The Inglis Area Heritage Committee is celebrating its 20th anniversary this year. Its mandate is to sustain, maintain and enhance the National Historic Site (as of 1996) of the only row of five restored wooden grain elevators in the world.
Every year hundreds of visitors come to the site, open for public tours from June through the September long weekend, with reduced hours until the first weekend in October. Special off-hour tours can be arranged.
The site will be featured as part of artist Heather Cline’s commissioned presentation “The Quiet Places Project,” set to open in Ottawa in 2017.
The committee has an enormous undertaking ahead of it over the next five years, beginning in 2016; all of the elevators are to be repainted. Because they are all made of wood and a National Historic Site, much attention must be given to this or they could eventually be lost.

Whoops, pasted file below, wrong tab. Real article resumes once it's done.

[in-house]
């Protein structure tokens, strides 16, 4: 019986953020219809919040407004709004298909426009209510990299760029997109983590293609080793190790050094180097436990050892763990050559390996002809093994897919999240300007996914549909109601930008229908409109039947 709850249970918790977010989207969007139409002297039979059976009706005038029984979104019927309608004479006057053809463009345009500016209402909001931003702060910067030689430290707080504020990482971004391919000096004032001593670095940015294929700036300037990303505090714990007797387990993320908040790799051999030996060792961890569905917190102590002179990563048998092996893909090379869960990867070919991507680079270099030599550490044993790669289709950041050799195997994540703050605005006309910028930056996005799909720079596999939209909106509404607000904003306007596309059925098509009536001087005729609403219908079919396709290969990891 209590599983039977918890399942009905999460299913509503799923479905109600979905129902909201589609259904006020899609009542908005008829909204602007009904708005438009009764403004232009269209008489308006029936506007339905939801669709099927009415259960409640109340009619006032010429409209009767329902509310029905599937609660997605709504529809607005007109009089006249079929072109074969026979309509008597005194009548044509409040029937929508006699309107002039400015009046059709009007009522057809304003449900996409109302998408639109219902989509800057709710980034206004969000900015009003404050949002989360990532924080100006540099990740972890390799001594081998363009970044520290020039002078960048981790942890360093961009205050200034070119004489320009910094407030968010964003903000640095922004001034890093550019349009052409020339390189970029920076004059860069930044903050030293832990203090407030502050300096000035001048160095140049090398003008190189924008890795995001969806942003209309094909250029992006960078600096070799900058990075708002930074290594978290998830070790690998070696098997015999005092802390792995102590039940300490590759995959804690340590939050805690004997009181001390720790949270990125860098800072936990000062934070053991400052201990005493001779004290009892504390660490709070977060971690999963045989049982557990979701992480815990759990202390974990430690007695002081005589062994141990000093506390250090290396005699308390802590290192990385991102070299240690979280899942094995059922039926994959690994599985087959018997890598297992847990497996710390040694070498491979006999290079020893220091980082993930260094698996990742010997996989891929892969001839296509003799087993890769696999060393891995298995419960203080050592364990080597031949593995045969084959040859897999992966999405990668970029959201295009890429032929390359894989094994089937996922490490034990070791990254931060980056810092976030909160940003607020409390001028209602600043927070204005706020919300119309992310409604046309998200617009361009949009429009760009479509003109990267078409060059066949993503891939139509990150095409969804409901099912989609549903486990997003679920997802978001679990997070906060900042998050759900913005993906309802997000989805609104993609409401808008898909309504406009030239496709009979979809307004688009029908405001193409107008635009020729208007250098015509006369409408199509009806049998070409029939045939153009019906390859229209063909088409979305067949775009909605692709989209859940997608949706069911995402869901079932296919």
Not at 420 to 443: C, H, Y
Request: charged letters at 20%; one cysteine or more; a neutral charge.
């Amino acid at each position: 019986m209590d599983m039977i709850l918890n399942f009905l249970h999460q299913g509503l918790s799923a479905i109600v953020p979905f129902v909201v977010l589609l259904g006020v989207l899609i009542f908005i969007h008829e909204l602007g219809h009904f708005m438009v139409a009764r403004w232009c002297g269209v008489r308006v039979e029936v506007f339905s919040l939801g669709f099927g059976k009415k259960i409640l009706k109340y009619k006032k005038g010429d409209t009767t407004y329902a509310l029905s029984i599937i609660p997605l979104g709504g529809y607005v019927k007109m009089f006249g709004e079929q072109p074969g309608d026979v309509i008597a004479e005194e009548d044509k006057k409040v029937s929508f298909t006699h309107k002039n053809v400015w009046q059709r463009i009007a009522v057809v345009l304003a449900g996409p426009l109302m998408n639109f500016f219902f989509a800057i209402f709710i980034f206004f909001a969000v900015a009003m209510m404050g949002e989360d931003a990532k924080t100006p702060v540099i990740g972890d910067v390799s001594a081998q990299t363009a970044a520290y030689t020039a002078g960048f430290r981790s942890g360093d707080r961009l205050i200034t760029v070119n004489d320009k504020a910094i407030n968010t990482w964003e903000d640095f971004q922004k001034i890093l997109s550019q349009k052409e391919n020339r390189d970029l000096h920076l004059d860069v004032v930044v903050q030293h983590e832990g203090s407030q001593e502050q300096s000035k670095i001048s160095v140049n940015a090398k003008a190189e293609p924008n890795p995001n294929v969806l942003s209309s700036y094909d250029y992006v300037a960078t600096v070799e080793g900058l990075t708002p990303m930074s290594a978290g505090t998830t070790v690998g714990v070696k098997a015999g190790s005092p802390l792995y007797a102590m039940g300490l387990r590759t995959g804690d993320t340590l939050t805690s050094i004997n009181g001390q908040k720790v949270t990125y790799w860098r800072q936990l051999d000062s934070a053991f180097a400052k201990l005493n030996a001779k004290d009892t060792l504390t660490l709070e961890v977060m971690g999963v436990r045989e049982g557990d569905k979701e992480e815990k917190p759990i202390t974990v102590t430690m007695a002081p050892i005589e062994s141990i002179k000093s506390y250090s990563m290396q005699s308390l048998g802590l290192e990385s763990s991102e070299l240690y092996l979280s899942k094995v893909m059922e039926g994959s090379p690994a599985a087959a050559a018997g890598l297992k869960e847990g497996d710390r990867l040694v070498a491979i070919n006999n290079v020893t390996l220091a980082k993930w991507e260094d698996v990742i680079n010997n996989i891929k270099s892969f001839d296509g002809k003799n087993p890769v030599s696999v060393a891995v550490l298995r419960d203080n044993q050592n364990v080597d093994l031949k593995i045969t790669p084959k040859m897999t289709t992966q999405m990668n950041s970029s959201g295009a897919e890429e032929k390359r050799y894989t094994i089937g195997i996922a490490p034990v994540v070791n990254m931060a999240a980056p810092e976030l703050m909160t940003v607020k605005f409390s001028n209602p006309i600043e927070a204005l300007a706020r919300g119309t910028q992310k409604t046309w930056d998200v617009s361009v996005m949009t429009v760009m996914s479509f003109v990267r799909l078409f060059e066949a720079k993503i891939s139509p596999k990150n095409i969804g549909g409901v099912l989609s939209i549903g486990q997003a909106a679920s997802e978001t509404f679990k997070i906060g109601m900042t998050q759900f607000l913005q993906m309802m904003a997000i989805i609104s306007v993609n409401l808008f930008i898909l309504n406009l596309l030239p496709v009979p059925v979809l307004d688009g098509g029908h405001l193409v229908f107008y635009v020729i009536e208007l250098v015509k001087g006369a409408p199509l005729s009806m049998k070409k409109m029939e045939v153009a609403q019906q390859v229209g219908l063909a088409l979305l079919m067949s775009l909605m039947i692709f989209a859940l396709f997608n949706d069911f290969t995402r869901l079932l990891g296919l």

About 80 per cent of the monies have been accumulated to repaint the showcase elevator — the big white N.M. Paterson elevator — this summer, along with its annex and attached main office and gift shop. Hopefully this painting can proceed in 2016, but there are four more to go. The committee is launching a campaign to appeal to every Prairie farm family member, past and present, to help by donating $10 or a family could donate the value of 10 bushels of grain to preserve and maintain the wooden giants.
This is a registered charity so tax receipts are available. All donors would have a place of permanent recognition on site.
For information or to send a donation contact Judy Bauereiss, chair, Inglis Heritage Committee, 204-564-2412, Box 81, Inglis Man. R0J 0X0.
Judy Bauereiss writes from Inglis, Manitoba